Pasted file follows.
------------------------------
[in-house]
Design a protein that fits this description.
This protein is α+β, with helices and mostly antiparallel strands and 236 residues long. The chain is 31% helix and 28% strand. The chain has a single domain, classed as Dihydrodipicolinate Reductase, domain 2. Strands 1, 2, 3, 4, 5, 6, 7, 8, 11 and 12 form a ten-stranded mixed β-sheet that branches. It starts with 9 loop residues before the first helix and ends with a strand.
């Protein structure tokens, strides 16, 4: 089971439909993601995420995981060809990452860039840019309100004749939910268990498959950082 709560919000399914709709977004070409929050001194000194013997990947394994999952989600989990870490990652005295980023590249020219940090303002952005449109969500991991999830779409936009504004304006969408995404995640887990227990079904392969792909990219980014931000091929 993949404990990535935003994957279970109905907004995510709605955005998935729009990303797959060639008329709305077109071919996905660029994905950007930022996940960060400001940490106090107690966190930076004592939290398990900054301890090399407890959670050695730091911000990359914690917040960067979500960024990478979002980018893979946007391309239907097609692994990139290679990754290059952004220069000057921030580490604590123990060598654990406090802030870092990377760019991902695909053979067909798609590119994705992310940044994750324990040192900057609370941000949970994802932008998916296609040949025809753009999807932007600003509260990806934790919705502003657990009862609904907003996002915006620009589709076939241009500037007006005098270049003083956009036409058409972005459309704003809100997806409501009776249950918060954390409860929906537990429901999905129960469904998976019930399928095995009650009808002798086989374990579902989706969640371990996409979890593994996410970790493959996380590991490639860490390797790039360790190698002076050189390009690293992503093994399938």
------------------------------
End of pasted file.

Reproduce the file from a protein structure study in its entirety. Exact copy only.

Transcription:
[in-house]
Design a protein that fits this description.
This protein is α+β, with helices and mostly antiparallel strands and 236 residues long. The chain is 31% helix and 28% strand. The chain has a single domain, classed as Dihydrodipicolinate Reductase, domain 2. Strands 1, 2, 3, 4, 5, 6, 7, 8, 11 and 12 form a ten-stranded mixed β-sheet that branches. It starts with 9 loop residues before the first helix and ends with a strand.
């Protein structure tokens, strides 16, 4: 089971439909993601995420995981060809990452860039840019309100004749939910268990498959950082 709560919000399914709709977004070409929050001194000194013997990947394994999952989600989990870490990652005295980023590249020219940090303002952005449109969500991991999830779409936009504004304006969408995404995640887990227990079904392969792909990219980014931000091929 993949404990990535935003994957279970109905907004995510709605955005998935729009990303797959060639008329709305077109071919996905660029994905950007930022996940960060400001940490106090107690966190930076004592939290398990900054301890090399407890959670050695730091911000990359914690917040960067979500960024990478979002980018893979946007391309239907097609692994990139290679990754290059952004220069000057921030580490604590123990060598654990406090802030870092990377760019991902695909053979067909798609590119994705992310940044994750324990040192900057609370941000949970994802932008998916296609040949025809753009999807932007600003509260990806934790919705502003657990009862609904907003996002915006620009589709076939241009500037007006005098270049003083956009036409058409972005459309704003809100997806409501009776249950918060954390409860929906537990429901999905129960469904998976019930399928095995009650009808002798086989374990579902989706969640371990996409979890593994996410970790493959996380590991490639860490390797790039360790190698002076050189390009690293992503093994399938």